Funk chord progressions piano|Review: Funk Keyboards – The Complete Method by Gail Johnson

Review: Funk Keyboards – The Complete Method by Gail Johnson

It includes a well received CD of the material as well.

Description (book jacket or other publisher notes):

Explore the chords, rhythms, and techniques used by the greatest funk keyboardists! Subjects covered include: common chords and progressions; classic funk rhythms, licks and patterns; synth bass & multiple keyboard playing; and pitch wheel and modulation. The accompanying audio includes 81 full-band tracks. The audio is accessed online using the unique code inside each book and can be streamed or downloaded. The audio files include PLAYBACK+, a multi-functional audio player that allows you to slow down audio without changing pitch, set loop points, change keys, and pan left or right.

Full Book Review and Other Notes:

Here are a few review excerpts from around the web:

“The Best Funk Keyboards Book thus far…”

The best keyboard book bar none. My only complaint is that it is WAY TOO SHORT. Gives you a great intro into playing chords on your different keyboard types on today’s Roland or Yamaha or Nord (i.e., Rhodes, B3, Clav, Wurly, etc.) and how to put together funk riffs…

“Funky Training”

Well if you are expecting every single version of every single funk song, then you better look elsewhere. This book contains progressions, licks, grooves ect., to get you into the feel of funk and includes a few pieces at the end.

She encourages you to LISTEN to pieces she suggests because that is the best way to learn this style. Transcription of records would more than likely be a must. With this stlye, including R&B, jazz and even blues, transcribing records or even buying transcription books is the best way to learn these styles, although there are some very good, thorough books on the blues that teachers you everything you need to know.

“A good tool”

I’m a classically trained pianist who has thrown herself into jazz and gotten pretty serious about it over the past year. I am now hooked on funk. I want to eat it for breakfast every morning. I got this book because I needed some ideas, know somewhat little and I’m a visual learner.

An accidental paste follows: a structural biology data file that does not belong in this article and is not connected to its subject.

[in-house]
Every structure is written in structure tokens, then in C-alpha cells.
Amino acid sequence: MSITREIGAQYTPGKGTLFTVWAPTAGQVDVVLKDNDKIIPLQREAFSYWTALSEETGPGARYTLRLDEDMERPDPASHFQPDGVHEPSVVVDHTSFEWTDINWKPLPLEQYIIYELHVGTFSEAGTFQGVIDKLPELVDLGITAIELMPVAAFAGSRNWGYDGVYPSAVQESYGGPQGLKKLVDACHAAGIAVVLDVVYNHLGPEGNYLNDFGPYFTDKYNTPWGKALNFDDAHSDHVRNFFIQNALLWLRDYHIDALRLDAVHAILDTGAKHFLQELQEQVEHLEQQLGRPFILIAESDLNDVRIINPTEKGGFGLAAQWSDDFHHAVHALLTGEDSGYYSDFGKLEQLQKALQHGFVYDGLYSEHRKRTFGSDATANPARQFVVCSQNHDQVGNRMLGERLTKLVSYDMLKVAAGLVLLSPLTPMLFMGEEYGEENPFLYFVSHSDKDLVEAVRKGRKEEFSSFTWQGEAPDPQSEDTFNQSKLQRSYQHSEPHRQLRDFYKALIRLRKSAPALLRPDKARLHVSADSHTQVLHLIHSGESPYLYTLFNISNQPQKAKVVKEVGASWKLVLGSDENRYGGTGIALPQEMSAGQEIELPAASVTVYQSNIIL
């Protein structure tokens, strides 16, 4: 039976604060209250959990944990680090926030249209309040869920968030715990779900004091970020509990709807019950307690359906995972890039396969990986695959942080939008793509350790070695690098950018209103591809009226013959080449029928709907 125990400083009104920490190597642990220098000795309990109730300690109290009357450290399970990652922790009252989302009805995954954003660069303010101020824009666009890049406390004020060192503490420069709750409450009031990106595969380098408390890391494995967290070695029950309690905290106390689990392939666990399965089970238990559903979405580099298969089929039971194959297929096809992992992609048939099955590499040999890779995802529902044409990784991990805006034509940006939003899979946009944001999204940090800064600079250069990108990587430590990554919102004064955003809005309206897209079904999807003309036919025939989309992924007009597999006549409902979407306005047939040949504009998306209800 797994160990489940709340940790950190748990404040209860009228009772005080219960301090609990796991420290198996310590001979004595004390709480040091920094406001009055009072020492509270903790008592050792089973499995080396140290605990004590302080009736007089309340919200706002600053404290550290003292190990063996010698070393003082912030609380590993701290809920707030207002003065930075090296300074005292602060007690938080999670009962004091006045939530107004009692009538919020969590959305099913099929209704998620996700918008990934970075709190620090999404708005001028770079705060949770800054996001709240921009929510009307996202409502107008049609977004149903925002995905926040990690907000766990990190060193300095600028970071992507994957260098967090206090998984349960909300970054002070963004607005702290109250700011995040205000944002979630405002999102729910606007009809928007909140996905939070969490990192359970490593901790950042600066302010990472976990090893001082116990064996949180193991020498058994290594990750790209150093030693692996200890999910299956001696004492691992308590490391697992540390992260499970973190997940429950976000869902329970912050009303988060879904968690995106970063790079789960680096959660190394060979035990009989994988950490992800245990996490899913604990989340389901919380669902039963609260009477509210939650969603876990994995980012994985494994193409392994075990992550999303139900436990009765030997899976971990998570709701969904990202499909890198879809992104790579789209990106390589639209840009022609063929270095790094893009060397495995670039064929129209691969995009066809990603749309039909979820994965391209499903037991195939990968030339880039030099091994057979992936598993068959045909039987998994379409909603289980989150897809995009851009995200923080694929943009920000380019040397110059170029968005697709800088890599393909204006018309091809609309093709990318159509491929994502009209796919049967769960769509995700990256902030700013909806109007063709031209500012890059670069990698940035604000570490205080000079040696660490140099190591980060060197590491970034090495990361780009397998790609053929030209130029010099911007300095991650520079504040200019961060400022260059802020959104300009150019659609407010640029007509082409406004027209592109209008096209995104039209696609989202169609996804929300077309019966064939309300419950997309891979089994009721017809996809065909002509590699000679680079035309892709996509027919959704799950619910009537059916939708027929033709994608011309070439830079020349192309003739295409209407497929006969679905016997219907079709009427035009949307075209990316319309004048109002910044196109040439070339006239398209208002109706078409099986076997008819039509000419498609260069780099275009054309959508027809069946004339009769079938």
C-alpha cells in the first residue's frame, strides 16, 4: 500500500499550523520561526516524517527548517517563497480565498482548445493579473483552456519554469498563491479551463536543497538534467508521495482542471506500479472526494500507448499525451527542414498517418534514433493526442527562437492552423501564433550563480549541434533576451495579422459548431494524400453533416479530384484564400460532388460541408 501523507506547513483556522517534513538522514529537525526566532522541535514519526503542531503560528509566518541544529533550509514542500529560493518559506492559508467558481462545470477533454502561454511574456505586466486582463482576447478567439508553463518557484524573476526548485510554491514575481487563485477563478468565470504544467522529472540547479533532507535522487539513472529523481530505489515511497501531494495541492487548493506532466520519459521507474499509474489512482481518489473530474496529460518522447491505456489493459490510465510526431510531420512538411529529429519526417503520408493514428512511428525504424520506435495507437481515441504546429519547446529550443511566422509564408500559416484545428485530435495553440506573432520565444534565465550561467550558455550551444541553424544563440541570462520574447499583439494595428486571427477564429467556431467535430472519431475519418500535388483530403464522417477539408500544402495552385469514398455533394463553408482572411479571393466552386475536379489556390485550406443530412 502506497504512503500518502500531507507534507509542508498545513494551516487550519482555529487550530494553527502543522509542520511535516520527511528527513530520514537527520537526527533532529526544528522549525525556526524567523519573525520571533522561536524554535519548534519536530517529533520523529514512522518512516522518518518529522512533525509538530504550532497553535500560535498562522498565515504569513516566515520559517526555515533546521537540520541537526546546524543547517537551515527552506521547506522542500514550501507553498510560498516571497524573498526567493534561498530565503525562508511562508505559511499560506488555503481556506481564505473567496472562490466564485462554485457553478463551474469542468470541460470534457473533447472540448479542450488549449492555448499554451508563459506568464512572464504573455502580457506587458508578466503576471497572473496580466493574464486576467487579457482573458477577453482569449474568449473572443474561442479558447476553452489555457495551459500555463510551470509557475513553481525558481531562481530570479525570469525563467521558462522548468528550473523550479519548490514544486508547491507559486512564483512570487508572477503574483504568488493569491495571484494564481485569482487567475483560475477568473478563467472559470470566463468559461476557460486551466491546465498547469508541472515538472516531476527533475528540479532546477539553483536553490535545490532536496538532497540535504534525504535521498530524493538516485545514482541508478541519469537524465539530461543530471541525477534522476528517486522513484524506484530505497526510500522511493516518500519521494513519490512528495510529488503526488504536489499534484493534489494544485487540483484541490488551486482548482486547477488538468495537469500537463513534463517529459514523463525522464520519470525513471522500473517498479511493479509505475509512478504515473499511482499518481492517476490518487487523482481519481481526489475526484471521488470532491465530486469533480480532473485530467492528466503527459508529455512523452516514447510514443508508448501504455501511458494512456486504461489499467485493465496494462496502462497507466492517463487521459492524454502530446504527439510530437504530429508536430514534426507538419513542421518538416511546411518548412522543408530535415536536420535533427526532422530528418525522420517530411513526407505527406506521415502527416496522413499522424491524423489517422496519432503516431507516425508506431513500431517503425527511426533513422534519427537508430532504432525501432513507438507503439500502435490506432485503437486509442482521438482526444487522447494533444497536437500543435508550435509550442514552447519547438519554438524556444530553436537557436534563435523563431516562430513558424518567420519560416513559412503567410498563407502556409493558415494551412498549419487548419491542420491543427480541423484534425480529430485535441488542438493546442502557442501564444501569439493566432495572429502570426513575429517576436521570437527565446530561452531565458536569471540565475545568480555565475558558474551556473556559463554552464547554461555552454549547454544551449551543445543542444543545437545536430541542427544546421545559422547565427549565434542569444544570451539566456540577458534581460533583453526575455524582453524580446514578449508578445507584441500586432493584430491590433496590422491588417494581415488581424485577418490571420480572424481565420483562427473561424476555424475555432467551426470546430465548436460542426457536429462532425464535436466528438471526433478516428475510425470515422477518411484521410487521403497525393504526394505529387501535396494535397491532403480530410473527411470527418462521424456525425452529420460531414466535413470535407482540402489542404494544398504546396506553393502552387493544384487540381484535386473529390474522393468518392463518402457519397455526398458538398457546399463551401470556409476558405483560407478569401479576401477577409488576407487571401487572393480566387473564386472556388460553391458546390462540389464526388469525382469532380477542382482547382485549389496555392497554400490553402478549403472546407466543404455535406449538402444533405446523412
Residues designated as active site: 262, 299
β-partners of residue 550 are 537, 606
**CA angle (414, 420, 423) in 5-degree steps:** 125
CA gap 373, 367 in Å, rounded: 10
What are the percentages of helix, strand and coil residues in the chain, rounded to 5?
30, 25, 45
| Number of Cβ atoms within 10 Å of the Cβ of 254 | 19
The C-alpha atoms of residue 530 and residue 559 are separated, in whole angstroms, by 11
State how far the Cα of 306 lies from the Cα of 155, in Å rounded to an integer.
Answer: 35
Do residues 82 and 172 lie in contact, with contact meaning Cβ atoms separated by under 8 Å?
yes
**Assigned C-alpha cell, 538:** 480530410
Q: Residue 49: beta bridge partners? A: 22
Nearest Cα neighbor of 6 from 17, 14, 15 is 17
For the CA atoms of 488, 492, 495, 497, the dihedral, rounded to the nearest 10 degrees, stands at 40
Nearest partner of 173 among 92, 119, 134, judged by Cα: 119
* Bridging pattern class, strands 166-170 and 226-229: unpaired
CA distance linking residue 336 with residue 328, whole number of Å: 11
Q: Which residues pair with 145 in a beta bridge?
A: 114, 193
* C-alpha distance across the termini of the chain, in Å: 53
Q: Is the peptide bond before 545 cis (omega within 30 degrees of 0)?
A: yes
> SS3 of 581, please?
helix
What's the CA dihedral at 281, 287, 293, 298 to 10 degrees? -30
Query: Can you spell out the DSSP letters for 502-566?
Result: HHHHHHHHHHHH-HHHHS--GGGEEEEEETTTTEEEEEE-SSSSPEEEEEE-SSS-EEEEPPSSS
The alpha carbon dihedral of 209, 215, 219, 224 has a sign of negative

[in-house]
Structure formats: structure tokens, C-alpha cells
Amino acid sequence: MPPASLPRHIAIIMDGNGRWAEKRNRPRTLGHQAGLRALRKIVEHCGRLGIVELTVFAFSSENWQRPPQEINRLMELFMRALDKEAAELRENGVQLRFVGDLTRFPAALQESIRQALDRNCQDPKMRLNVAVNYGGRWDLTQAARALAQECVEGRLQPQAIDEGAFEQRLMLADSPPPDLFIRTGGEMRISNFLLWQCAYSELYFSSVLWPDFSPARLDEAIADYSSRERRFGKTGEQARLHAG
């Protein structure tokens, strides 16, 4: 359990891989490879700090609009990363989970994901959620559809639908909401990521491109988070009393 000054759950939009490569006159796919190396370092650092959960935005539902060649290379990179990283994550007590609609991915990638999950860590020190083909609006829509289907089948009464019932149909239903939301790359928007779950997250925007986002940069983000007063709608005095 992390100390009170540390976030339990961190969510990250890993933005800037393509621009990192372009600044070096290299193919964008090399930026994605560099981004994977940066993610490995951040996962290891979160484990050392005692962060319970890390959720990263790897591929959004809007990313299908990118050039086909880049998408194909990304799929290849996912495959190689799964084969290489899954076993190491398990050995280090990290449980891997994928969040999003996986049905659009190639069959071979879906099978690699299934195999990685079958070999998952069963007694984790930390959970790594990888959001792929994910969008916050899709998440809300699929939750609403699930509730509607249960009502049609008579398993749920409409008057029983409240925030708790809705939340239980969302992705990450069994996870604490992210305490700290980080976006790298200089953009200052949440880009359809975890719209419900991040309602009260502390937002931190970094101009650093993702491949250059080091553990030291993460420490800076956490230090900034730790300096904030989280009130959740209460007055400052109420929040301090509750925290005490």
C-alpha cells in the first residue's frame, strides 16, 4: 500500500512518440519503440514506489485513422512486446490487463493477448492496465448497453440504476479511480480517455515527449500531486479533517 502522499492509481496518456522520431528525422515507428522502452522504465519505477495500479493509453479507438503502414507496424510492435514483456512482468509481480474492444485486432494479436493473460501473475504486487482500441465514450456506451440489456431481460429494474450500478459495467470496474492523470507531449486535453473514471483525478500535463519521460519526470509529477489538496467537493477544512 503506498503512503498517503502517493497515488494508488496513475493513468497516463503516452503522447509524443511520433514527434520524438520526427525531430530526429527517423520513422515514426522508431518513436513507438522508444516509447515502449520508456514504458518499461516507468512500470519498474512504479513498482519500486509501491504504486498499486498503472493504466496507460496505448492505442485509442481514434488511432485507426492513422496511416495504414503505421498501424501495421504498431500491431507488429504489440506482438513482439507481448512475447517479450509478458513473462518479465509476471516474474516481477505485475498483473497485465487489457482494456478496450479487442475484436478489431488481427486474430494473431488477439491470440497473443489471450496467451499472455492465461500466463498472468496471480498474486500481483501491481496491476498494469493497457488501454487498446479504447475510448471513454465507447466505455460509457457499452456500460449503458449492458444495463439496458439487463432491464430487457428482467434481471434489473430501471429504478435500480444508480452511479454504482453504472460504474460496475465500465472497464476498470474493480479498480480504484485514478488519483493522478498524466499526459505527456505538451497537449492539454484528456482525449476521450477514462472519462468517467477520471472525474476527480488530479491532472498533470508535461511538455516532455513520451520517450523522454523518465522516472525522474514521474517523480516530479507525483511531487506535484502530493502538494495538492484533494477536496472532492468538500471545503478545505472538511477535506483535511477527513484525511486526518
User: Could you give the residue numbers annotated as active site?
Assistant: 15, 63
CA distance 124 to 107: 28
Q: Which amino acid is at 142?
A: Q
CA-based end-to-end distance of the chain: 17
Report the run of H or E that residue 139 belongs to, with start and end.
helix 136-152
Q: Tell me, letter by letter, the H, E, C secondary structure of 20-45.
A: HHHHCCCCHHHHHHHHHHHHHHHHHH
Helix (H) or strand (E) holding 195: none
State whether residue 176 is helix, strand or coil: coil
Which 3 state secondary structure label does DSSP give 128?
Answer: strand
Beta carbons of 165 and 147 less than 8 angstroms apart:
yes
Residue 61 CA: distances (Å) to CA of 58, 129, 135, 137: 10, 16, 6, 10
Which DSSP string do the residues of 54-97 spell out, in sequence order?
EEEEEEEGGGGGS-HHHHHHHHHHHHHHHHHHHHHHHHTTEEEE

You’ve got to immerse yourself in this world, but this book will point you in the right direction, give you some tools, slap your face off with some rhythmic concepts, give you some melodic and harmonic information, which is basically all a book about funk can really do. You’ve got to listen to the recordings she suggests and find some of your own favorites, practice practice practice, play along with recordings, and maybe get some lessons.

For me, I couldn’t have learned as much as I have and it is really valuable to me. It is also straight forward and to the point.

Hi. My name is Jonathon Wilson on behalf of Expert We’re learning how to play an advanced funk groove on the piano. We’ve looked at a number of ways of taking our basic groove, which we learned at the very beginning of the series, and adding simple ways to add variety to it. This time, we’re going to do something a little bit more complicated, in terms of changing this. We’re going to alter the bass rhythm. We’re actually going to change the bass riff itself, instead of going up in those offbeat?s, we’re going to come down. It’s just a slightly different chord thing. It’s got kind of a built-in hang. You’ll see what I mean. Let’s do it very slowly with the metronome. This is just a variation on the entire riff that we can throw in whenever we want to. It sounds like this. Okay, so that’s pretty different from what we had going before. But it’s similar enough that you can certainly use it in the same session, the same playing environment.

So, the things to keep in mind here, this is definitely something that’s going to be a little bit more aggressive than that rolling pattern we had before. If you want to kind of take the energy level up a notch, this is a good place to use this technique. Alter the pattern to something a little bit more syncopated like this. Those voicing?s in the right hand are a little bit different than we’ve been using. It doesn’t roll as much; it’s a little bit more stab-oriented. Like I said, it’s just a different place, a little bit different feel. Let’s hear this one at full speed over the drums.

Okay, so there’s a variation that will really change things up if you need to. It’s a good thing to kind of have with your pocket when you’re playing this groove, something a little bit more aggressive. Slightly different pattern in that bass line. It’s also a good jumping off ground for lots of other things that we’ll do later..

As found on Youtube